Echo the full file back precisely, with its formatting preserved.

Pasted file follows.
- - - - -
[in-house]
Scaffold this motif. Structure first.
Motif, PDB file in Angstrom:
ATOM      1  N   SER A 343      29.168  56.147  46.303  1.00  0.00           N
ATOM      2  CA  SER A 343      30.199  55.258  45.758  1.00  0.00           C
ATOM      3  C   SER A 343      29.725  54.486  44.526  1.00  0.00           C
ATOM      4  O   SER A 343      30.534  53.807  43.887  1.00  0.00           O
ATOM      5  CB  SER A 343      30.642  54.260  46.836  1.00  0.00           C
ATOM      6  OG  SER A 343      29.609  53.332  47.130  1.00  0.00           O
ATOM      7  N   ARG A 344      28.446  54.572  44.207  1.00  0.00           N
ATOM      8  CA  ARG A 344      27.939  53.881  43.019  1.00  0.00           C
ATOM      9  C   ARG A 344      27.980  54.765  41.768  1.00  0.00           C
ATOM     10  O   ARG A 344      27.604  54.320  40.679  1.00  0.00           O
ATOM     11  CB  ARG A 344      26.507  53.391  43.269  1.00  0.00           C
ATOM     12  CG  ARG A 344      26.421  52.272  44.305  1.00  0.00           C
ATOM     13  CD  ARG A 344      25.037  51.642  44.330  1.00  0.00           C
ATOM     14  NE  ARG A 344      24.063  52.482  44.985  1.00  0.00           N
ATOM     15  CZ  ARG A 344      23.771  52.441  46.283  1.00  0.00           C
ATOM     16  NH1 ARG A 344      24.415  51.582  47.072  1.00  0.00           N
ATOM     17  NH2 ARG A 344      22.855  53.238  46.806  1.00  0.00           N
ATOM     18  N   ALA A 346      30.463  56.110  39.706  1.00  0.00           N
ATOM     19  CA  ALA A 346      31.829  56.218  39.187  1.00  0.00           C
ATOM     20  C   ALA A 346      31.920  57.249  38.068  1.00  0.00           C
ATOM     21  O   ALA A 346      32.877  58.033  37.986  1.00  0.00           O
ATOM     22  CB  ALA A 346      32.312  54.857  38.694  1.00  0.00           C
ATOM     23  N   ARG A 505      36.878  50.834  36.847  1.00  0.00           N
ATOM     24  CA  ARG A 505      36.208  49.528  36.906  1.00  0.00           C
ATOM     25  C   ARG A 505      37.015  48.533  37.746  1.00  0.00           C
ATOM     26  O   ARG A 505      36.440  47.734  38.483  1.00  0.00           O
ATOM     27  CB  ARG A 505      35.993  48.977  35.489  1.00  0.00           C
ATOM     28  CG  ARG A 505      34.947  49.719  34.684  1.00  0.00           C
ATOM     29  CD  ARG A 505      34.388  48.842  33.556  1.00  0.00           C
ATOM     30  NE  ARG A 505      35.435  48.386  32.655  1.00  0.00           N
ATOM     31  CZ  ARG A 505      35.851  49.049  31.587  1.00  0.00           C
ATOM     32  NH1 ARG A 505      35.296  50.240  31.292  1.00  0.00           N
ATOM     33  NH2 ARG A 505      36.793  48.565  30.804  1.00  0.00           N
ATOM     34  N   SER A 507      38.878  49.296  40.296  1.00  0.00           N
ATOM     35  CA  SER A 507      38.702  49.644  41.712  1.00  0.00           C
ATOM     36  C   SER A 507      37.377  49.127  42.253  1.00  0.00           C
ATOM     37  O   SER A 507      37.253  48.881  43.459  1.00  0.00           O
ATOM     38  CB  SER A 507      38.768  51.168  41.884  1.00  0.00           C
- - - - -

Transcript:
[in-house]
Scaffold this motif. Structure first.
Motif, PDB file in Angstrom:
ATOM      1  N   SER A 343      29.168  56.147  46.303  1.00  0.00           N
ATOM      2  CA  SER A 343      30.199  55.258  45.758  1.00  0.00           C
ATOM      3  C   SER A 343      29.725  54.486  44.526  1.00  0.00           C
ATOM      4  O   SER A 343      30.534  53.807  43.887  1.00  0.00           O
ATOM      5  CB  SER A 343      30.642  54.260  46.836  1.00  0.00           C
ATOM      6  OG  SER A 343      29.609  53.332  47.130  1.00  0.00           O
ATOM      7  N   ARG A 344      28.446  54.572  44.207  1.00  0.00           N
ATOM      8  CA  ARG A 344      27.939  53.881  43.019  1.00  0.00           C
ATOM      9  C   ARG A 344      27.980  54.765  41.768  1.00  0.00           C
ATOM     10  O   ARG A 344      27.604  54.320  40.679  1.00  0.00           O
ATOM     11  CB  ARG A 344      26.507  53.391  43.269  1.00  0.00           C
ATOM     12  CG  ARG A 344      26.421  52.272  44.305  1.00  0.00           C
ATOM     13  CD  ARG A 344      25.037  51.642  44.330  1.00  0.00           C
ATOM     14  NE  ARG A 344      24.063  52.482  44.985  1.00  0.00           N
ATOM     15  CZ  ARG A 344      23.771  52.441  46.283  1.00  0.00           C
ATOM     16  NH1 ARG A 344      24.415  51.582  47.072  1.00  0.00           N
ATOM     17  NH2 ARG A 344      22.855  53.238  46.806  1.00  0.00           N
ATOM     18  N   ALA A 346      30.463  56.110  39.706  1.00  0.00           N
ATOM     19  CA  ALA A 346      31.829  56.218  39.187  1.00  0.00           C
ATOM     20  C   ALA A 346      31.920  57.249  38.068  1.00  0.00           C
ATOM     21  O   ALA A 346      32.877  58.033  37.986  1.00  0.00           O
ATOM     22  CB  ALA A 346      32.312  54.857  38.694  1.00  0.00           C
ATOM     23  N   ARG A 505      36.878  50.834  36.847  1.00  0.00           N
ATOM     24  CA  ARG A 505      36.208  49.528  36.906  1.00  0.00           C
ATOM     25  C   ARG A 505      37.015  48.533  37.746  1.00  0.00           C
ATOM     26  O   ARG A 505      36.440  47.734  38.483  1.00  0.00           O
ATOM     27  CB  ARG A 505      35.993  48.977  35.489  1.00  0.00           C
ATOM     28  CG  ARG A 505      34.947  49.719  34.684  1.00  0.00           C
ATOM     29  CD  ARG A 505      34.388  48.842  33.556  1.00  0.00           C
ATOM     30  NE  ARG A 505      35.435  48.386  32.655  1.00  0.00           N
ATOM     31  CZ  ARG A 505      35.851  49.049  31.587  1.00  0.00           C
ATOM     32  NH1 ARG A 505      35.296  50.240  31.292  1.00  0.00           N
ATOM     33  NH2 ARG A 505      36.793  48.565  30.804  1.00  0.00           N
ATOM     34  N   SER A 507      38.878  49.296  40.296  1.00  0.00           N
ATOM     35  CA  SER A 507      38.702  49.644  41.712  1.00  0.00           C
ATOM     36  C   SER A 507      37.377  49.127  42.253  1.00  0.00           C
ATOM     37  O   SER A 507      37.253  48.881  43.459  1.00  0.00           O
ATOM     38  CB  SER A 507      38.768  51.168  41.884  1.00  0.00           C